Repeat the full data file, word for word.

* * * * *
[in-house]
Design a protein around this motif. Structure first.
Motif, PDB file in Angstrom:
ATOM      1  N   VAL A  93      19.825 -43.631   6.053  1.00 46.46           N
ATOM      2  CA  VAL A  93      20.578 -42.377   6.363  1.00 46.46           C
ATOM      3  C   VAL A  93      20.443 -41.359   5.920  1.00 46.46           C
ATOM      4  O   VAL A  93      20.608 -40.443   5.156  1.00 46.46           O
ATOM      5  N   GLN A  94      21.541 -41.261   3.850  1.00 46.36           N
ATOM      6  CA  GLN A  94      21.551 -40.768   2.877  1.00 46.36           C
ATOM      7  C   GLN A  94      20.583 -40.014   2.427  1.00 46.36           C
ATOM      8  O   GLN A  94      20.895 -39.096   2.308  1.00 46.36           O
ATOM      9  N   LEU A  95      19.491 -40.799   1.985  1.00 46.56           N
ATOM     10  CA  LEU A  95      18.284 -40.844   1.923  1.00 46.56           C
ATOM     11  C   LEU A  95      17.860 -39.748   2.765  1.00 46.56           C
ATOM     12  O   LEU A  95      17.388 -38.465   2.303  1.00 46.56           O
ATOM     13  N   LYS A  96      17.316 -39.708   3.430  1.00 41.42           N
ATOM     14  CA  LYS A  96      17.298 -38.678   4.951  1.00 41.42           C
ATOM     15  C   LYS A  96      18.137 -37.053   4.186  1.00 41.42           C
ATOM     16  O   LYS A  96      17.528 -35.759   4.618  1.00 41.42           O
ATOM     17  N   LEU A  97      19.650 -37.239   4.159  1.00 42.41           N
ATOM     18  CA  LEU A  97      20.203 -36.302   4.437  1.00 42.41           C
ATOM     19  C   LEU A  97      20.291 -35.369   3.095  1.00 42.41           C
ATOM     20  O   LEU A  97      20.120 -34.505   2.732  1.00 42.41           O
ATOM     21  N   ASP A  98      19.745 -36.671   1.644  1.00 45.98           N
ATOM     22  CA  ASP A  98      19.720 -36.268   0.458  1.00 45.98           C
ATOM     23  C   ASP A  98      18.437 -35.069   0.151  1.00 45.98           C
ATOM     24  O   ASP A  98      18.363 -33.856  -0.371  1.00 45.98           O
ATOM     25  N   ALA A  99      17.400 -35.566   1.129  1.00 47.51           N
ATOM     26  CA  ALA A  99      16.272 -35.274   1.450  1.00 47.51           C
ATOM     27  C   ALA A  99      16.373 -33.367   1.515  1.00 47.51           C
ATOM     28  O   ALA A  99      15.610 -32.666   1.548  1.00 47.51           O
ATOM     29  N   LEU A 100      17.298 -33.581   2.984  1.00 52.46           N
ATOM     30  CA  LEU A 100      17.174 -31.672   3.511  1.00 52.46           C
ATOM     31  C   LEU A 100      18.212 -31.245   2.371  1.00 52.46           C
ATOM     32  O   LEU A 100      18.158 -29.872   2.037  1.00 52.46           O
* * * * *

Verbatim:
[in-house]
Design a protein around this motif. Structure first.
Motif, PDB file in Angstrom:
ATOM      1  N   VAL A  93      19.825 -43.631   6.053  1.00 46.46           N
ATOM      2  CA  VAL A  93      20.578 -42.377   6.363  1.00 46.46           C
ATOM      3  C   VAL A  93      20.443 -41.359   5.920  1.00 46.46           C
ATOM      4  O   VAL A  93      20.608 -40.443   5.156  1.00 46.46           O
ATOM      5  N   GLN A  94      21.541 -41.261   3.850  1.00 46.36           N
ATOM      6  CA  GLN A  94      21.551 -40.768   2.877  1.00 46.36           C
ATOM      7  C   GLN A  94      20.583 -40.014   2.427  1.00 46.36           C
ATOM      8  O   GLN A  94      20.895 -39.096   2.308  1.00 46.36           O
ATOM      9  N   LEU A  95      19.491 -40.799   1.985  1.00 46.56           N
ATOM     10  CA  LEU A  95      18.284 -40.844   1.923  1.00 46.56           C
ATOM     11  C   LEU A  95      17.860 -39.748   2.765  1.00 46.56           C
ATOM     12  O   LEU A  95      17.388 -38.465   2.303  1.00 46.56           O
ATOM     13  N   LYS A  96      17.316 -39.708   3.430  1.00 41.42           N
ATOM     14  CA  LYS A  96      17.298 -38.678   4.951  1.00 41.42           C
ATOM     15  C   LYS A  96      18.137 -37.053   4.186  1.00 41.42           C
ATOM     16  O   LYS A  96      17.528 -35.759   4.618  1.00 41.42           O
ATOM     17  N   LEU A  97      19.650 -37.239   4.159  1.00 42.41           N
ATOM     18  CA  LEU A  97      20.203 -36.302   4.437  1.00 42.41           C
ATOM     19  C   LEU A  97      20.291 -35.369   3.095  1.00 42.41           C
ATOM     20  O   LEU A  97      20.120 -34.505   2.732  1.00 42.41           O
ATOM     21  N   ASP A  98      19.745 -36.671   1.644  1.00 45.98           N
ATOM     22  CA  ASP A  98      19.720 -36.268   0.458  1.00 45.98           C
ATOM     23  C   ASP A  98      18.437 -35.069   0.151  1.00 45.98           C
ATOM     24  O   ASP A  98      18.363 -33.856  -0.371  1.00 45.98           O
ATOM     25  N   ALA A  99      17.400 -35.566   1.129  1.00 47.51           N
ATOM     26  CA  ALA A  99      16.272 -35.274   1.450  1.00 47.51           C
ATOM     27  C   ALA A  99      16.373 -33.367   1.515  1.00 47.51           C
ATOM     28  O   ALA A  99      15.610 -32.666   1.548  1.00 47.51           O
ATOM     29  N   LEU A 100      17.298 -33.581   2.984  1.00 52.46           N
ATOM     30  CA  LEU A 100      17.174 -31.672   3.511  1.00 52.46           C
ATOM     31  C   LEU A 100      18.212 -31.245   2.371  1.00 52.46           C
ATOM     32  O   LEU A 100      18.158 -29.872   2.037  1.00 52.46           O